by Sheree Johnson, founder and Director of Gestalt Ann Arbor*
Query: In the United States we appear to have the option of “choosing to cultivate” our attitudes towards our world and it’s ideas and it’s variety of beliefs. They are ours to ponder at our leisure if we so choose. Do these philosophies hold up if we live in the war-torn areas of Iraq or parts of Africa decimated by disease and famine? Is it possible to have “Hope and faith without letting go?” How much of that is possible when all you can hope for is that your children make it through another night or find another meal. Is there one set of rules/choices for one country over another?
Johnson: Three answers to your question: one is to address the assumption that those of us living in the United States are granted more opportunity than other parts of the world to cultivate loving-kindness and compassion. And the second answer that addresses the principle that the strength of one can bear the afflictions of many if it understands the principle of interconnectedness. And the third, which addresses if it is possible for someone who lives in another country, you named Iraq and Africa, or any other country riddled with strife, war, poverty, etc., to have the “leisure” to cultivate compassion.
There are many countries, and the United States unfortunately is amongst those countries, which experience disproportionate rates of chaos and strife. However, the rate of suffering one country has over another, or one person may experience over another, does not preclude or exclude the ability to control one’s heart and mind and for suffering to be alleviated by intentional acts of cultivating compassion. (I will give very specific examples of individuals from various parts of the world that are models of how a conscious mind can peacefully influence an entire nation.) If we see the world as a planet full of boundaries and borders, then we will fall into a mindset that could undermine our ability to use the practice of compassion as a vehicle to heal the planet.
Here are some statistics that cause me to question if conditions for many in the Unites States are less threatening or more peaceful than other countries.
- Child Abuse: According to the U.S. Department of Health and Human Services (2017), the United States has one of the worst records among industrialized nations – losing on average almost five (5) children every day to child abuse and neglect.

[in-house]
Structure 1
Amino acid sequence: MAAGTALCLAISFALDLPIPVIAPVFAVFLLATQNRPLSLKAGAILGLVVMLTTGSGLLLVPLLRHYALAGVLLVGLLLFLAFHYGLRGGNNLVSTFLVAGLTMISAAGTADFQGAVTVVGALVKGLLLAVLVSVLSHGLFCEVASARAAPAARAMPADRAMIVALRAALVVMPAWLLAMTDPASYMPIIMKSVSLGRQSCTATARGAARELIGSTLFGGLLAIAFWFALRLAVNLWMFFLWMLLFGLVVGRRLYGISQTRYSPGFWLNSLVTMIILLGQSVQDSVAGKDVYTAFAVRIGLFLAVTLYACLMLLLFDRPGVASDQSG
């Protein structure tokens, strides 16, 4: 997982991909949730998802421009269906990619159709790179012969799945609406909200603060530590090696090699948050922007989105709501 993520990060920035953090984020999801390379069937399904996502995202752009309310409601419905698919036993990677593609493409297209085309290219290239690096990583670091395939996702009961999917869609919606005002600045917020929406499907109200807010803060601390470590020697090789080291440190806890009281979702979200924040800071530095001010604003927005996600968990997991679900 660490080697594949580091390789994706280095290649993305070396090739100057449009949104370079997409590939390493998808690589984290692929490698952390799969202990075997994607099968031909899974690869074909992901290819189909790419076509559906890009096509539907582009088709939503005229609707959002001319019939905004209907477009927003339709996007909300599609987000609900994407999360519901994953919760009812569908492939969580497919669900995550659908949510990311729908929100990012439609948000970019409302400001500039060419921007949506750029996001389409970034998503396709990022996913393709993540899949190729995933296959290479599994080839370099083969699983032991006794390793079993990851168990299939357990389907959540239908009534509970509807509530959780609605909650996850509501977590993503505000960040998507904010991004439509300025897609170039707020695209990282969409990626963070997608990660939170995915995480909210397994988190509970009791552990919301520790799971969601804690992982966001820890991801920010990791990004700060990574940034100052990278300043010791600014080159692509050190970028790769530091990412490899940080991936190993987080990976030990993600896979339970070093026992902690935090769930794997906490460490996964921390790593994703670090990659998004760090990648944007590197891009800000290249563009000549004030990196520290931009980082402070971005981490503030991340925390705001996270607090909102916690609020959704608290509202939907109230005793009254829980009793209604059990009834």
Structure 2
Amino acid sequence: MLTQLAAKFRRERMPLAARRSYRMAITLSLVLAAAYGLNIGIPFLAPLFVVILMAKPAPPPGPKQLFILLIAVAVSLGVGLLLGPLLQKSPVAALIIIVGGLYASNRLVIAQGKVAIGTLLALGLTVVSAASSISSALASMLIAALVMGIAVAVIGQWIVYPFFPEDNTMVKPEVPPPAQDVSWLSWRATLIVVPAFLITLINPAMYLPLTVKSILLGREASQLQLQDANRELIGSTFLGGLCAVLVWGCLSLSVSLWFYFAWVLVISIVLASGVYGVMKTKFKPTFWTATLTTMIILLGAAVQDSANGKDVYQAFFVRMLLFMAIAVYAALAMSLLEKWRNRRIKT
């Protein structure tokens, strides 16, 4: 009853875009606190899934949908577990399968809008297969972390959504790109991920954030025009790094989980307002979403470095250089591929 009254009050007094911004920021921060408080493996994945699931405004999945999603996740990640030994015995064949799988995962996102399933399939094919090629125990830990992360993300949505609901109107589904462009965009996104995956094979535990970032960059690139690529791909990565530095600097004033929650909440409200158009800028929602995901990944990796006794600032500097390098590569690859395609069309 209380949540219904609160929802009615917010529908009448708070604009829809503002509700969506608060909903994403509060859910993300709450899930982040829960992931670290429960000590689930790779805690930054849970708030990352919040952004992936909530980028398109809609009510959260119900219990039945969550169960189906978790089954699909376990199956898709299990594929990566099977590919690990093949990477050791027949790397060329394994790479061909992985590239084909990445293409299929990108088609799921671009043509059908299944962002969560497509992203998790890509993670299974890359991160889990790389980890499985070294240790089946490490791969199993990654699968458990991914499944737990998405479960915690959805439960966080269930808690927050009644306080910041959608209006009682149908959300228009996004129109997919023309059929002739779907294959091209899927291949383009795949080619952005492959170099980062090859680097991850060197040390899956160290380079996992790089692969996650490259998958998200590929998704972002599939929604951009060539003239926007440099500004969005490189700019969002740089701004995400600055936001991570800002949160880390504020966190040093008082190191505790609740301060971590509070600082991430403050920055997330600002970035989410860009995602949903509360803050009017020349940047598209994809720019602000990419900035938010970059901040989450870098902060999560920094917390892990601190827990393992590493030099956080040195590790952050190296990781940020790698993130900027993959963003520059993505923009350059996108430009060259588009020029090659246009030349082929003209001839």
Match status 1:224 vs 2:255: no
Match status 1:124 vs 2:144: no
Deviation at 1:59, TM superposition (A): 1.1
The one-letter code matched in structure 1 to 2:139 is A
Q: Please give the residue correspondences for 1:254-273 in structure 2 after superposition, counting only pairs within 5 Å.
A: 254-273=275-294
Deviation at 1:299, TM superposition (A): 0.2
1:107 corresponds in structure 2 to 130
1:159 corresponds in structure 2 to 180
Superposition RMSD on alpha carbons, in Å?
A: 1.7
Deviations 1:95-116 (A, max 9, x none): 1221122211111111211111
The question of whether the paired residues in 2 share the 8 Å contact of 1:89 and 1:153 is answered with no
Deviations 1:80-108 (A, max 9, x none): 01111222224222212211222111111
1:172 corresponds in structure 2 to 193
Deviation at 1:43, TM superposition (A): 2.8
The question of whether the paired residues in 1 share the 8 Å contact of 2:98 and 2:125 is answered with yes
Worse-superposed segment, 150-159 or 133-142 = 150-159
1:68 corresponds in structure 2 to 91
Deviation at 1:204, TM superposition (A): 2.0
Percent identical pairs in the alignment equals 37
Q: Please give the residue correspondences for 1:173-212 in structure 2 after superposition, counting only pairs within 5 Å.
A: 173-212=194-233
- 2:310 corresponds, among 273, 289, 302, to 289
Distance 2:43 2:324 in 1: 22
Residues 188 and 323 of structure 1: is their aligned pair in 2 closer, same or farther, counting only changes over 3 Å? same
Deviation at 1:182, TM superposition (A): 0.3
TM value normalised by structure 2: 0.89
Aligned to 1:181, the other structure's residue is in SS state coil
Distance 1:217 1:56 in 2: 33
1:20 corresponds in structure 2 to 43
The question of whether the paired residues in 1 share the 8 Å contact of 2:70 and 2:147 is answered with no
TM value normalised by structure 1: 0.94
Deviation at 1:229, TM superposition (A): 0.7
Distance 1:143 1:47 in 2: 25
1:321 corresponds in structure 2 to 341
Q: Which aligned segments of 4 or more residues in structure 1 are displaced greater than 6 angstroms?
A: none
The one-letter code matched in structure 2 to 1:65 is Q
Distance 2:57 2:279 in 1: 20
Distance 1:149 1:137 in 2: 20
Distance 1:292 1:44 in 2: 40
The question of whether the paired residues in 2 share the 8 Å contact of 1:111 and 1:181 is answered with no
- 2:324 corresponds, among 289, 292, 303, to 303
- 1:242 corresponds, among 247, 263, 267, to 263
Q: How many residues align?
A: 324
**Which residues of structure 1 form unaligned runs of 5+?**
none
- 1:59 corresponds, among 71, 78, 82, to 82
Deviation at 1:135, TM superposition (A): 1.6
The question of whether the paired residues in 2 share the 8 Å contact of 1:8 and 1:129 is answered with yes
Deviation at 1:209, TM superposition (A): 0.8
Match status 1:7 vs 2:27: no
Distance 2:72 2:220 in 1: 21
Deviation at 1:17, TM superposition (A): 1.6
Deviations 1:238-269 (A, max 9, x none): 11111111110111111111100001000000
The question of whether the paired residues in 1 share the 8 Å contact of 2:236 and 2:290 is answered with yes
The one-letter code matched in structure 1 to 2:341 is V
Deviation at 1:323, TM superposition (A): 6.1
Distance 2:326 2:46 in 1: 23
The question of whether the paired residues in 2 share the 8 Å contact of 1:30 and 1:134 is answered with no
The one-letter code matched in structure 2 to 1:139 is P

- Sexual Assault: Every 98 seconds someone in the U.S. is sexually assaulted. That means EVERY SINGLE DAY more than 570 people experience sexual violence in this country. (HuffPost, April 2017).
- Domestic Violence: On a typical day, domestic violence hotlines nationwide receive approximately 20,800 calls (National Coalition Against Domestic Violence, 2015).
- Poverty: Despite the recent decline, the United States still has a far higher child-poverty rate than other high-income countries, with devastating short- and long-term effects. The poverty rate for children of color is TRIPLE that of white children (The Atlantic, 2017)
- Gun Violence: In 2015, 13,286 people were killed in the US by firearms, according to the Gun Violence Archive, and 26,819 people were injured (those figures exclude suicide).
Suffering does not respect boundaries or borders – Johnson
Experiences of violence, trauma, chaos, war, poverty, rape, murder, starvation…these are deeply unfortunate examples of human suffering and when someone is subjected to any atrocity and adversity for any length of time, he or she will have a much more difficult time attaining peace of mind. That is without question. But suffering does not respect boundaries or borders. Any amount of human suffering on this planet impacts all of us.
Of course, it is much easier to sit on a zafu and meditate for an hour when one does not have to worry for food or shelter or is in fear of one’s life. But cultivating inner peace and compassion are not experiences or states of being restricted to environments or situations that are ideal. There is a potential within every human mind to achieve high levels of compassion and tranquility through the circuitry that is hard-wired in the brain. The septal nuclei are part of the limbic system linked to empathy, compassion, and the development of prosocial behaviors like bonding. (I can give another discussion on this point at some other time but for now, it is quite possible for anyone who is interested to research the information that addresses this concept). Your brain is something that you can train no matter what the external circumstances are that abound.